Laurens Hammond, best known for his B3 tonewheel organ, was a prolific inventor. Amongst other things, he created what is widely considered the world's first polyphonic (72note) synthesizer, in 1939. It didn’t do well for a variety of reasons, mainly the onset of war, but also perhaps because it was more expensive than the average cost of a house. The Novachord was used extensively in the film industry. If you listen out, you might hear it in ‘Gone with the Wind’, ‘Hawaii Five-0’, ‘The Ten Commandments’, ‘Rebecca’, and ‘The Twilight Zone’ tv series. It is a beast, and contains 163 vacuum tubes, over 1000 capacitors, and miles of wiring. It must have been an absolute nightmare to maintain, and is therefore one very good reason to check out the new sample set from Hollow Sun, before considering purchasing the real thing.
Hollow Sun’s K3 Novachord library consists of 120 instruments, and weighs in at just under 550 mbs of samples, all taken from Novachord #346, currently residing in a studio in Bath, England. There are three versions available - Kontakt, Reason refill, and EXS samples.
I tried out the Kontakt version, as that’s the sampler I use the most. Each patch contains a high, low and allpass filter on the front panel, in homage to the original Novachord, as well as attack and release knobs. The creators of the sample set said that aside from a few tuning issues on the notes, they wanted to keep the sound as authentic as possible. So all the effects on the front end of the Kontakt instrument are on the original synth. They even sampled every note, in order to retain the particular characteristics of each circuit.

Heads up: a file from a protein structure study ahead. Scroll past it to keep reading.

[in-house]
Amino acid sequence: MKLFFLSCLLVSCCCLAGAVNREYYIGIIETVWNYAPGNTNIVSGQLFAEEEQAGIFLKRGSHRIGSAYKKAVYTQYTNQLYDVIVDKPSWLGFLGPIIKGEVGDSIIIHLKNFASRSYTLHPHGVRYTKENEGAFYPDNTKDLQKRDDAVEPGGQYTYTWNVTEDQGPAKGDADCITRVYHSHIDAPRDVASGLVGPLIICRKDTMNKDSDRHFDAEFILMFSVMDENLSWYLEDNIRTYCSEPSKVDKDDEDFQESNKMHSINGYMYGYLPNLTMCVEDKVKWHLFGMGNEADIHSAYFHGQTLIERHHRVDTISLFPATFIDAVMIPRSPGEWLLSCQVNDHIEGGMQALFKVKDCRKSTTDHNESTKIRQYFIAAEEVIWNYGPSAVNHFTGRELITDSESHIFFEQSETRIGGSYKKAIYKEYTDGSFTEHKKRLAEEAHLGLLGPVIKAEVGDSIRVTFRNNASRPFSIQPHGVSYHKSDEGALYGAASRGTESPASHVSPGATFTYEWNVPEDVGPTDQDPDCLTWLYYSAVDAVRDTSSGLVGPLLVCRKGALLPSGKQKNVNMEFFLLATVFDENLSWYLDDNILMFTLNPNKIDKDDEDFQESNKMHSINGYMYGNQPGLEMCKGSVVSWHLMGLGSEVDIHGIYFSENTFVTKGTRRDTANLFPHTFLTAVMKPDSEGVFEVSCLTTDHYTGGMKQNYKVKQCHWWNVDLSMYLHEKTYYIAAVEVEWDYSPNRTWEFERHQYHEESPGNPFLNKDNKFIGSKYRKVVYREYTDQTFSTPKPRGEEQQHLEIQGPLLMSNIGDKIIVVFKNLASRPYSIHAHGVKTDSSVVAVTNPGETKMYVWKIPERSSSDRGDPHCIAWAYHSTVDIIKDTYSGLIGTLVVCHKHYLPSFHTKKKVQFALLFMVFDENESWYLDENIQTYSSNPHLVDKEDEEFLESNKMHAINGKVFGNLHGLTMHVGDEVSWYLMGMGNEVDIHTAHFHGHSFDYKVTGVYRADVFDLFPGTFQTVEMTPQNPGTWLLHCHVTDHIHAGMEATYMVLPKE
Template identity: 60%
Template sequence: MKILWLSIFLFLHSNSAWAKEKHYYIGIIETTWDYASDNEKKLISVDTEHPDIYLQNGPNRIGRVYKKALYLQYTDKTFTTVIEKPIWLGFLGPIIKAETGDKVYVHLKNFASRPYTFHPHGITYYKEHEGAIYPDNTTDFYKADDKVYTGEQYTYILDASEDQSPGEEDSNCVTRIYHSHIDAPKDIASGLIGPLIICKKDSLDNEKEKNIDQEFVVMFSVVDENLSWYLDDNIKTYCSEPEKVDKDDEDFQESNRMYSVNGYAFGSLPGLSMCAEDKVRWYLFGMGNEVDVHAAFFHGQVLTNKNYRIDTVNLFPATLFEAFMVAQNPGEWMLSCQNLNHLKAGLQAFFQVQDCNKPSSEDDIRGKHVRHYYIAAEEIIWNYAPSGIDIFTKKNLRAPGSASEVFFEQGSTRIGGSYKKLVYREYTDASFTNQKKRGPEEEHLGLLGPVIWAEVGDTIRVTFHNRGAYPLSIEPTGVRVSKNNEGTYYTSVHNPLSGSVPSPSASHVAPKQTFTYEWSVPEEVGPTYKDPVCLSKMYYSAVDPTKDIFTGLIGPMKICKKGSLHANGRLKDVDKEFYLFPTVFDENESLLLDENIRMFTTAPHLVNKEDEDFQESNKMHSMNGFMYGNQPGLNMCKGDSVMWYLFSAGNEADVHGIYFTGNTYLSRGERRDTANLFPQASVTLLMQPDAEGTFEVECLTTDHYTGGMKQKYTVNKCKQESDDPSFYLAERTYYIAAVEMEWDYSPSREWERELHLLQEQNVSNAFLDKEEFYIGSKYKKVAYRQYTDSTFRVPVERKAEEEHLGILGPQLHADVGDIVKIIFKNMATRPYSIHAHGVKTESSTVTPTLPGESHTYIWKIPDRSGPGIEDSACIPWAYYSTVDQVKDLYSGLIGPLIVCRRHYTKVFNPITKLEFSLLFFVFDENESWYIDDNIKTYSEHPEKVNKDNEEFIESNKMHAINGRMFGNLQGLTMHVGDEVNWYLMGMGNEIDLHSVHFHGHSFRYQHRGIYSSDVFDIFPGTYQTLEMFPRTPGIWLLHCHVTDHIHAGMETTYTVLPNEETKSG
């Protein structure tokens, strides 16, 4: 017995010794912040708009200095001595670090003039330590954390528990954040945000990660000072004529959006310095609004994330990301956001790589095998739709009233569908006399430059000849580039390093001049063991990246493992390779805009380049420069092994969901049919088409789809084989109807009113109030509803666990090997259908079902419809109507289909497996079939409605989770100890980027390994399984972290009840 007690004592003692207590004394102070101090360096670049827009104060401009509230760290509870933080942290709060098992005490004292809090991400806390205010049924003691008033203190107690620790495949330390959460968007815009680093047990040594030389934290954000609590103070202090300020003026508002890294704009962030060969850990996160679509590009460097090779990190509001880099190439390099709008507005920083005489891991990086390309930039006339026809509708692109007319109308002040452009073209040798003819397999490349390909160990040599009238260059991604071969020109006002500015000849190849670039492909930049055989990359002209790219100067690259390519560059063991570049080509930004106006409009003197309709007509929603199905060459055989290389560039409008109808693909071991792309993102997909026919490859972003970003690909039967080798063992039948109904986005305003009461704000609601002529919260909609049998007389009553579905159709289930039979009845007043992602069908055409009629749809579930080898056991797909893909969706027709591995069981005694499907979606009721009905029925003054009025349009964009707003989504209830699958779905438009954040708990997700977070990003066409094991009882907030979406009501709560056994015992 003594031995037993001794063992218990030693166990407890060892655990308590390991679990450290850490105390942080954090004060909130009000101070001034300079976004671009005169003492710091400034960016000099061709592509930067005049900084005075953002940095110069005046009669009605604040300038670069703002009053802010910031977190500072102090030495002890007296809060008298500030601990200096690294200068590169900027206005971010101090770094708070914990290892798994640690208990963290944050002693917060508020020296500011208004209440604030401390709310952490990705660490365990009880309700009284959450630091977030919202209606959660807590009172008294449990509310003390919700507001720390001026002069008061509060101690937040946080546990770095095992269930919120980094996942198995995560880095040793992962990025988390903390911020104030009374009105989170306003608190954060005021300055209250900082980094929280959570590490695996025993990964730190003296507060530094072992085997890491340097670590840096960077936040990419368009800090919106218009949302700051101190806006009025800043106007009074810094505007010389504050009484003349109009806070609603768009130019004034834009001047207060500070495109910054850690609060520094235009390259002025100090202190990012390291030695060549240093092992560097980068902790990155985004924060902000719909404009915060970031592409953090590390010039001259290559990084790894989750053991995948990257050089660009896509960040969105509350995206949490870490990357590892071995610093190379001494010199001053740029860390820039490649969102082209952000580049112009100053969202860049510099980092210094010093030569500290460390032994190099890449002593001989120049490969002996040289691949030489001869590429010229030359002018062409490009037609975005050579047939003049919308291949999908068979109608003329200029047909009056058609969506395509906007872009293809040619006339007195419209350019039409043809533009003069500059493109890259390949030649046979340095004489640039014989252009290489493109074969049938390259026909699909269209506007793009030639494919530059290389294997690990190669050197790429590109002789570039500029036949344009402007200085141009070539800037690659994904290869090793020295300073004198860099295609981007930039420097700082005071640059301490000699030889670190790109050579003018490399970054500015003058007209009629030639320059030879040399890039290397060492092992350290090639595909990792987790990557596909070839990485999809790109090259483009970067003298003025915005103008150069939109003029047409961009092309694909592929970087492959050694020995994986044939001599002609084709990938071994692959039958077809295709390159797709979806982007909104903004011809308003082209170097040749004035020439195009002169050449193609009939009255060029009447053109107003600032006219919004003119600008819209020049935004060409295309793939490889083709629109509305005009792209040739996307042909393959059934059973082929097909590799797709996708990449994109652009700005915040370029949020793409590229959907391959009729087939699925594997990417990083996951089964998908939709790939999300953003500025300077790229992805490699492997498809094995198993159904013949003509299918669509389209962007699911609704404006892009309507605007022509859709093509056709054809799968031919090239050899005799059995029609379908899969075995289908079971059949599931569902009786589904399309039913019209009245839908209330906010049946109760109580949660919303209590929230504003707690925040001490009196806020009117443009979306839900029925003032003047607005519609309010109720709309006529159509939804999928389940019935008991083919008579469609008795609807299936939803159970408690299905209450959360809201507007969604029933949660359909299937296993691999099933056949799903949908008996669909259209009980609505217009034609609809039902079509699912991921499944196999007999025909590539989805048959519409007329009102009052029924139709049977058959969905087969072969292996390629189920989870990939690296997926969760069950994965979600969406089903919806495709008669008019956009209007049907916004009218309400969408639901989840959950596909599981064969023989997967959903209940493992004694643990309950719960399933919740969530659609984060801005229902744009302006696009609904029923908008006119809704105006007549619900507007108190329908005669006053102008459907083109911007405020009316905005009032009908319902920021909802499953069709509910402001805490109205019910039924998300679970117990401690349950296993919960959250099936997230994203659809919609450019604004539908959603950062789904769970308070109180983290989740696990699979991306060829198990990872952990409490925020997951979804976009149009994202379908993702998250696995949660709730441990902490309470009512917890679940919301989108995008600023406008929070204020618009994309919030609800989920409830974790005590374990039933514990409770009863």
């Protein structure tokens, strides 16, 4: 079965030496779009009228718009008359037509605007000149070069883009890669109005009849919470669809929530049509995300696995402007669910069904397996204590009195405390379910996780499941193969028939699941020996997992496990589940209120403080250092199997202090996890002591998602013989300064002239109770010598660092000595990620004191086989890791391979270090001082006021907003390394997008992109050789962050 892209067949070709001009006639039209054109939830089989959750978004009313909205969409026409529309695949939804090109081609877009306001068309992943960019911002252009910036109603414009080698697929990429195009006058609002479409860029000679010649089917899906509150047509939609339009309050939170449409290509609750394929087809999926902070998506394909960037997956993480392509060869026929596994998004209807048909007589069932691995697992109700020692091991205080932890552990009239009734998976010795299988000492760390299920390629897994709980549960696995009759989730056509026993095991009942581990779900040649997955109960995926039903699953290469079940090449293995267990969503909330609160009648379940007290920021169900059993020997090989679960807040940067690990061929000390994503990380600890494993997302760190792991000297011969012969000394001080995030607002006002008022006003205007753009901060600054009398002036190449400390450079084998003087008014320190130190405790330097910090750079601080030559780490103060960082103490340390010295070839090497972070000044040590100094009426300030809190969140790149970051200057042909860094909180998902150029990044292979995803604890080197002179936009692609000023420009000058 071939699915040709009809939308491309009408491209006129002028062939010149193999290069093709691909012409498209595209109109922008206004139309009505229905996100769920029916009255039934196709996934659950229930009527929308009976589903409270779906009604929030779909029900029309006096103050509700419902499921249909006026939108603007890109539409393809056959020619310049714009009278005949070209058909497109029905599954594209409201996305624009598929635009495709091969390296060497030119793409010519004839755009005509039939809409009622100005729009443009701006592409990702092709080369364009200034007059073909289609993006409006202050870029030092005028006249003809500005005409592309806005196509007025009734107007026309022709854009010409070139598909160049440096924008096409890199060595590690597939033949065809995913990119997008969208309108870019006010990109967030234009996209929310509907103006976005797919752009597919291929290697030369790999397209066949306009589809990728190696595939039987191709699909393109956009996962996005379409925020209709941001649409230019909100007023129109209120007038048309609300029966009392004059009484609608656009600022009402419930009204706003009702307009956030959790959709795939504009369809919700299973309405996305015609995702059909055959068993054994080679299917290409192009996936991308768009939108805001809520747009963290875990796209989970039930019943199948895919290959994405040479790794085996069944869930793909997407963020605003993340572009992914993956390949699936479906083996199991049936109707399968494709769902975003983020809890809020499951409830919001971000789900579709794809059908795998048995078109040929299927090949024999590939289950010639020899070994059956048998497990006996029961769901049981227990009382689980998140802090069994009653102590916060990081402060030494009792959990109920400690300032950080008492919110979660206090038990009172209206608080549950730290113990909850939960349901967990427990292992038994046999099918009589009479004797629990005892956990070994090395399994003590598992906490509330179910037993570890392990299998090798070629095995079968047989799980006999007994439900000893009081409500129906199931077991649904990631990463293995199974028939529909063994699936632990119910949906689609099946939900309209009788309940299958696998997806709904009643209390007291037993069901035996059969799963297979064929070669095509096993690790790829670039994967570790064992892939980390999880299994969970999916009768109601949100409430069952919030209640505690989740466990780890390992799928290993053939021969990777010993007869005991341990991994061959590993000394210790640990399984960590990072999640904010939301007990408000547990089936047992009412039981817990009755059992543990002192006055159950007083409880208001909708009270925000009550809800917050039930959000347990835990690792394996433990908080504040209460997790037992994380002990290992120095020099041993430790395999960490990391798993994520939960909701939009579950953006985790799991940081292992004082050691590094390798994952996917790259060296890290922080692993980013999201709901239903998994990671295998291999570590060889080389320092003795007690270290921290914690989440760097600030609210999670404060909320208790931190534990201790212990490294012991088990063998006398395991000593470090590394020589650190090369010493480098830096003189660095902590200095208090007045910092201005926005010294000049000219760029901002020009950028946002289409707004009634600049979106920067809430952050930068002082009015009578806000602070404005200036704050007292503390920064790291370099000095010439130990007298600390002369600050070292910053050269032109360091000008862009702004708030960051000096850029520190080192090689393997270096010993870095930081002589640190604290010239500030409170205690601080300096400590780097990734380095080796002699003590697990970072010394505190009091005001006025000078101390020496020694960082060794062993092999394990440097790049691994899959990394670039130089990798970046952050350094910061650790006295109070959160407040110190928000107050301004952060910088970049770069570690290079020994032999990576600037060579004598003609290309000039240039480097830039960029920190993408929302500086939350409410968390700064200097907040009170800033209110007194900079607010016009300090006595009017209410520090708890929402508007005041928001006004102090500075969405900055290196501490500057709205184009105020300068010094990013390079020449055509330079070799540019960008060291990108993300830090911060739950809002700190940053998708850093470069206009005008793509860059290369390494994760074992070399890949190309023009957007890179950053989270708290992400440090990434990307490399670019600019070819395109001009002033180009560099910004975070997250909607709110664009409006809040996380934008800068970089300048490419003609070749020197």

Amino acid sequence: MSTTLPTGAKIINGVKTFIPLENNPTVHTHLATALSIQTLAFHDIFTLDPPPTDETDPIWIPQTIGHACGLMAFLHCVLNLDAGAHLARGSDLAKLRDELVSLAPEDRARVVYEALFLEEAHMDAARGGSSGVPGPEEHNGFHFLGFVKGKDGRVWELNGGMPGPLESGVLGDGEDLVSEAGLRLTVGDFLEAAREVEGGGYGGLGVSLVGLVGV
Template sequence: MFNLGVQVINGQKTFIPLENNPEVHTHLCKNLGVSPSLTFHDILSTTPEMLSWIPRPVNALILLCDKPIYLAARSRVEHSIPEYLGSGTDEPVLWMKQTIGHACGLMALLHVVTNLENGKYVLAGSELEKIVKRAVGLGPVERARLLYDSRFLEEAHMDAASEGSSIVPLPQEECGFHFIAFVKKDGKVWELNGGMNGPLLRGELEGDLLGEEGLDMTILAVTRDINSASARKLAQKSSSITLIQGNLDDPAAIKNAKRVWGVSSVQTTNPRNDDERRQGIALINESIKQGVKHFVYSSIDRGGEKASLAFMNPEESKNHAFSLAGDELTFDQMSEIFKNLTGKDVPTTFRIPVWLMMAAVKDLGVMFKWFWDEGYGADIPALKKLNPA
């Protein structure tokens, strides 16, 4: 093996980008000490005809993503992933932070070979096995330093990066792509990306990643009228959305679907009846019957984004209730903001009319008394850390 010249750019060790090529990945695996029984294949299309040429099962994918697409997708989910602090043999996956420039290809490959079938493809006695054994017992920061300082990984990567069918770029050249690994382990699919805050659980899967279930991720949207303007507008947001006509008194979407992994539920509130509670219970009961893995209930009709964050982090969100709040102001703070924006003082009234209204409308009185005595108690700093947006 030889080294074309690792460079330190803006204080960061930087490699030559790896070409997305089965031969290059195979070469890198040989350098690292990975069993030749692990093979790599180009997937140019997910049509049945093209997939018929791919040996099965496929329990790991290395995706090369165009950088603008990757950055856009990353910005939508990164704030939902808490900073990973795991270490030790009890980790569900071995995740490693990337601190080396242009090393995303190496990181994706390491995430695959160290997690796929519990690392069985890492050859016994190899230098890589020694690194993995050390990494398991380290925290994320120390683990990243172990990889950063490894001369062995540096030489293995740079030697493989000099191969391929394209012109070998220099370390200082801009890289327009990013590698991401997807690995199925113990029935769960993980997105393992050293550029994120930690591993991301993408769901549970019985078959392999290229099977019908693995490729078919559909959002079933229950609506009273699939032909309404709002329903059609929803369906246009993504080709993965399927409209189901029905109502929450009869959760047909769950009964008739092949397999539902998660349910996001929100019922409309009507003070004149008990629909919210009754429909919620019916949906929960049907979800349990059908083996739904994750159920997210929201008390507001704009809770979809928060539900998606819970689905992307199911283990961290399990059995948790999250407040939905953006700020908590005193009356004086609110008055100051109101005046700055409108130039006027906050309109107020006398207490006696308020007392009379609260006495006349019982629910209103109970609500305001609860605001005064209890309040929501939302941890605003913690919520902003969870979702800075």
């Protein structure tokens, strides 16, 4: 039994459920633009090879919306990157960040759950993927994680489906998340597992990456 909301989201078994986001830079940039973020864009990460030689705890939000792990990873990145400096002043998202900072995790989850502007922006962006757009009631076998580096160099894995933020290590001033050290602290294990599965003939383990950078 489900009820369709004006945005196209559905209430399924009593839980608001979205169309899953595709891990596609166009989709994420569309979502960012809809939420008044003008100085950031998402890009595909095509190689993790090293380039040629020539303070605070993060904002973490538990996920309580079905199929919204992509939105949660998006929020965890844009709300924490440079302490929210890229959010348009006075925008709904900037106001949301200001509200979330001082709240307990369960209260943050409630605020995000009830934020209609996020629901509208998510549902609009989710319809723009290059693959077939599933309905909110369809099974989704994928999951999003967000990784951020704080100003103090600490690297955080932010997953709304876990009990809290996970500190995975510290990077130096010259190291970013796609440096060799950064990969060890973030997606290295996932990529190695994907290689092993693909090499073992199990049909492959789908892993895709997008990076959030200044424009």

It’s immediately obvious from the first browse through the sample set, that the unique character of the original instrument is portrayed throughout, and to an excellent standard. I couldn’t hear any discernible glitches or weird loops on the samples, which is all the more impressive knowing the engineers recorded the Novachord with its own vibrato, to retain more facets of the original sound. Looping vibrato is not easy, but I couldn’t hear any skipping. Very nice.
The advertising for Novachord claimed (back in 1939) to be able to re-create all sounds of the orchestra. Now while this is completely untrue, there is a fairly wide range of timbres and other sonic qualities throughout the set, all retaining that distinctive Novachord sound. Plucked, percussive, bell, and pianoesque type sounds are all there. To me, the real strength of the set is in the lush pad and sustained string patches. The sampling of each note means that all the uniqueness of each analog circuit is captured, resulting in slightly varied harmonics and (small amounts of) noise depending on what particular note, or chord you play. This creates a very organic sounding sampleset, that immediately evokes nostalgic trips back to those classic 60’s Sci-fi B movies we’ve all loved to watch, and the slightly eerie drifting tritone pad sounds that preceded the entrance of the Man-eating Rhodedendron from Venus. As I was playing the instrument, that was immediately where I thought the synth would best fit – in soundtracks, to create those otherworldly (and perhaps nostalgic) atmospheres. However, that’s just my opinion, and I know you’re only limited by your creativity as to what you use it for!
Playing around with the synth, I got down a quick track to show some of the soundworld the Novachord is capable of creating. Everything bar the drums is from the Novachord soundset, with no effects added.
Hollow sun’s Steve Howell and Dan Wilson have done a stellar job re-creating the sounds of this vintage synth behemoth. The rich analog weirdness of the Novachord is expertly captured, and adds a great new element to every keyboardist/composer’s sonic arsenal.
Price: $120 for the Kontakt samples, $80 for Reason refill and EXS24 samples.
All the uniqueness of each analog circuit is captured...
- Very authentic
- Kontakt version offers some smart scripting
- Don't expect modern sounds from the Novachord, it's a pure retro beauty
- It is a bit expensive, but this is not an ordinary library
by Andy Dollerson